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Do you have a game-changing and impactful idea that you believe has the potential to change the way we live, work and communicate?
Three innovators from around the world stand to win a share of $175 000 in the 2019 Bell Labs Prize. The competition is aimed at proposals that “change the game” in the ICT sector by a factor of 10.
In Africa, only innovators from Egypt, Nigeria and South Africa are eligible to apply for the prize. The proposal submission deadline is 26 April.
Bell Labs — an industrial research and scientific development firm owned by Finnish telecommunications company Nokia — will award a first prize of $100 000. The second and third placed winners will each receive $50 000 and $25 000, respectively.
The winner of the 2019 Bell Labs Prize will receive $100 000
In addition, all three winners will be considered for an opportunity to work with Bell Labs to further explore their ideas.
The first stage of the Bell Labs Prize requires that applicants formulate an idea — in about 250 words — that is related to the ICT sector.
Fields under consideration include, and are not restricted to: web applications, cloud services, information theory, computational sciences, cryptography, distributed systems, data privacy, mathematics of networks, modulation schemes, optical systems or components, communications systems, network protocols, network architecture, radio frequency design, sustainability, wireless, fixed network technologies, software-defined networks, virtualisation technologies, real-time analytics, search algorithms, self-optimising networks, and inference systems.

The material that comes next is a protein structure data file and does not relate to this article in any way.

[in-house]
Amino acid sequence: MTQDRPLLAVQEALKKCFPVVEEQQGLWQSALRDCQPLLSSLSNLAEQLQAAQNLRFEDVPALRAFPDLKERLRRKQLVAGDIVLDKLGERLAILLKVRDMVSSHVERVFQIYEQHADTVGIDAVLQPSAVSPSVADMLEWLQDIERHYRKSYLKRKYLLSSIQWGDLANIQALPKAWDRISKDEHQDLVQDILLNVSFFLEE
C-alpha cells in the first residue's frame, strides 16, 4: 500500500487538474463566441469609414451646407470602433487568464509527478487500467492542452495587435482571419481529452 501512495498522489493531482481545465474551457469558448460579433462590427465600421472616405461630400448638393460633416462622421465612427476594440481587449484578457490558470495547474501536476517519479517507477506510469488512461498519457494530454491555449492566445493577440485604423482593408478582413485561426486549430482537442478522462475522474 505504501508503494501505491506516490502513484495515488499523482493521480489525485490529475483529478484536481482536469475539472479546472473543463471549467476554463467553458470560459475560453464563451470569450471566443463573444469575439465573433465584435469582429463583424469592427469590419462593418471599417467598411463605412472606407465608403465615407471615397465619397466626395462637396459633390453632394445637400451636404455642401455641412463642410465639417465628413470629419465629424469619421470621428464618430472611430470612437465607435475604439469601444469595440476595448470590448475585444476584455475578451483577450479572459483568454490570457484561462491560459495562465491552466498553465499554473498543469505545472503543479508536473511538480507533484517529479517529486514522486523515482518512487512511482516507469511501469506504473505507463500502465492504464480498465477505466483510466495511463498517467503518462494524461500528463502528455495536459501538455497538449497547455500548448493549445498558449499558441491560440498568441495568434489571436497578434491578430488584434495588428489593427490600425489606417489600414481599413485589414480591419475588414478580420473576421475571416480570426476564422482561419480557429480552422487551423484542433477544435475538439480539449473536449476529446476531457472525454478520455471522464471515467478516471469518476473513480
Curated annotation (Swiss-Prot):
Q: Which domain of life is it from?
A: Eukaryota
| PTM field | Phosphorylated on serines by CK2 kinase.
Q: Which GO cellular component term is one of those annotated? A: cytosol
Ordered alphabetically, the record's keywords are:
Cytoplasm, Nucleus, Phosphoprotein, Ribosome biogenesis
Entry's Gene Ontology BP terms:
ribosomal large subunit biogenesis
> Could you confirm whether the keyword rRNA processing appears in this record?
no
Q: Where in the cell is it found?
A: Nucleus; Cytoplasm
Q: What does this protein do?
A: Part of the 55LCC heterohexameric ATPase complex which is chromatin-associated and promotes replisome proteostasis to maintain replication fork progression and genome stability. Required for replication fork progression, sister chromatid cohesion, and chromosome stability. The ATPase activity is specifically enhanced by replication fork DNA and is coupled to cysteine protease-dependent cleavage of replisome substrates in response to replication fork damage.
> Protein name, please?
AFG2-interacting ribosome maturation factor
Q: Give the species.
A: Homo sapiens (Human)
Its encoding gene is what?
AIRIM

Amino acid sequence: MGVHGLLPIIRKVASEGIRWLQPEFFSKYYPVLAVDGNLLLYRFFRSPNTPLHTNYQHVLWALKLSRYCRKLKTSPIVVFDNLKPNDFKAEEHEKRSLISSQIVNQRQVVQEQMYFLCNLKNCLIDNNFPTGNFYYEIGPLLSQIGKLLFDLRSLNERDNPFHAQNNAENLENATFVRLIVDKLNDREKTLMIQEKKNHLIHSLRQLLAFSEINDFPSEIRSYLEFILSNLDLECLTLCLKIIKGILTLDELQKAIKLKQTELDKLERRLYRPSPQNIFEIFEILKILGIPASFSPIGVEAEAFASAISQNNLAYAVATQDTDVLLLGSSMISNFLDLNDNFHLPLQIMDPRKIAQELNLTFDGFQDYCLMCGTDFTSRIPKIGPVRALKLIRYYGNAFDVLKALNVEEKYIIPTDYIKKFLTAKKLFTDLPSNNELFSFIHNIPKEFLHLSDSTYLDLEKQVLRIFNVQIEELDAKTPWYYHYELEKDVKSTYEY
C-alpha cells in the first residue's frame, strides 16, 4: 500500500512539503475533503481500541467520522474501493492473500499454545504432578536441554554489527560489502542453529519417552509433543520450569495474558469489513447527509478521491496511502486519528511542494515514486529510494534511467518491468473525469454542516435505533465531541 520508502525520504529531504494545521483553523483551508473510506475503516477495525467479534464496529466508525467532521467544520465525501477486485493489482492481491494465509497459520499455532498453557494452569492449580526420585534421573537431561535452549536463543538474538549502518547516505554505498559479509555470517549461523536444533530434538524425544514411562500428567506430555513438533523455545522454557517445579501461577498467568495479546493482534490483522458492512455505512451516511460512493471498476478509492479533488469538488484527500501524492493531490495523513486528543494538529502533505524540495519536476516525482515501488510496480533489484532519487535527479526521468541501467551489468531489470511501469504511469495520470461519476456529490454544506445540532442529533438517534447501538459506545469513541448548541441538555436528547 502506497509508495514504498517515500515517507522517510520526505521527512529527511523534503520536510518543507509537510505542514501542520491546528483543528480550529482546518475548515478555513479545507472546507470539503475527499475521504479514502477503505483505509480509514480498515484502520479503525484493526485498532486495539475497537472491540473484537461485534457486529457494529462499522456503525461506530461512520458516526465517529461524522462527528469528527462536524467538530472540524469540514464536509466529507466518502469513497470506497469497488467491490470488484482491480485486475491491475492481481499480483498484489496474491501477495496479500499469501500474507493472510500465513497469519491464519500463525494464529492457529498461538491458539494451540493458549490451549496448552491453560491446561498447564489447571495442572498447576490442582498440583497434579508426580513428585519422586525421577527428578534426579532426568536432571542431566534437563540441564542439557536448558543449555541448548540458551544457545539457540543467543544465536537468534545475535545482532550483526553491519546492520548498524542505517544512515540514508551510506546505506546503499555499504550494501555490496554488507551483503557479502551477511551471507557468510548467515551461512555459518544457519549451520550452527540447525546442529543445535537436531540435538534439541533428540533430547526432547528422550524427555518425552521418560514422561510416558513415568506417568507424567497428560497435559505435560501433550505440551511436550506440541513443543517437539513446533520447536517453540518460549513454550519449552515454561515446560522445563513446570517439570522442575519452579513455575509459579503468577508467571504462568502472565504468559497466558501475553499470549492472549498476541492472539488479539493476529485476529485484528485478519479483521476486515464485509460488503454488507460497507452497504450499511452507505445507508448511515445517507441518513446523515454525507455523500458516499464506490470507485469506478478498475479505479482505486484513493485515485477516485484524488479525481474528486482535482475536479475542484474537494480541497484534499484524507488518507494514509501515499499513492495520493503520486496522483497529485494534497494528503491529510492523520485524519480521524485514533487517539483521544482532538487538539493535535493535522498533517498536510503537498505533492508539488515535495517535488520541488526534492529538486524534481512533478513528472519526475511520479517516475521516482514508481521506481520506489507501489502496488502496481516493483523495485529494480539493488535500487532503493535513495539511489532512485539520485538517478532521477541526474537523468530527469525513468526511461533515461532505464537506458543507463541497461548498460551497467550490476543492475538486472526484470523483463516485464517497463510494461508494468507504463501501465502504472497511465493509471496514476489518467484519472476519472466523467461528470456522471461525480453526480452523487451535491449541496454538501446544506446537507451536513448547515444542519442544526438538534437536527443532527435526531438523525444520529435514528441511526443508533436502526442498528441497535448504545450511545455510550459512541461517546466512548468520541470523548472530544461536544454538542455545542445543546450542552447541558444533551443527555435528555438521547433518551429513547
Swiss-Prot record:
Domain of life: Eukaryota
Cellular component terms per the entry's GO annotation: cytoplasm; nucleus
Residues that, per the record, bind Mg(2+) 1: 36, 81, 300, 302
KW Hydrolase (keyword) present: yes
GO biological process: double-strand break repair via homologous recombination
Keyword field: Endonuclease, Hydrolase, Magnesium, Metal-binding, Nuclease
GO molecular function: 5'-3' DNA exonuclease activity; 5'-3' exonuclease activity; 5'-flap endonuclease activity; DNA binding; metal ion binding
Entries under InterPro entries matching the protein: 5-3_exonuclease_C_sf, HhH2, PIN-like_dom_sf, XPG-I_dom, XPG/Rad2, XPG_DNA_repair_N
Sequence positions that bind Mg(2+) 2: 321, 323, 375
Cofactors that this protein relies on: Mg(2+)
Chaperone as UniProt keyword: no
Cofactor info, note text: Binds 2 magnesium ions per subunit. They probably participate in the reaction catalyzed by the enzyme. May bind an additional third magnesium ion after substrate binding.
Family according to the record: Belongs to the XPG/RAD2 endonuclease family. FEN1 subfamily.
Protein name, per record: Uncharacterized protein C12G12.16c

Those selected as finalists will be notified by email by 24 May. Up to 10 finalists will be selected and assigned a Bell Labs researcher as a partner to help them strengthen their idea and turn it into a robust proposal that they can present to the Bell Labs judging panel.
Proposals will be evaluated based on three criteria:
10x innovation potential: How novel the proposal is, particularly how it could result in a 10x change in performance around speed or throughput, distance, latency, cost, energy efficiency or simplicity.
Technical merit: This is how technically sound the proposal is. On what current principles and capabilities does it depend versus further or future advancements and innovations?
Feasibility: Can a proof of concept, simulation or demonstration be built in the course of the competition? What is required to do so? In order to build a commercially viable — revenue and profit generating — solution, what more would be required?
In addition, finalists who present to the judging panel will also be evaluated on the business impact of their solution or proposal.
Judges will in particular look at the magnitude of the new ICT-related business created by the proposal, as well as how soon it could be brought to market and how unique the proposition is.
A judging panel led by Bell Labs president Marcus Weldon and consisting of industry business leaders from within Bell Labs, Nokia and other high tech companies will then review the top proposals with winners set to be announced on 4 December.
Featured image: Nokia Bell Labs (Screenshot)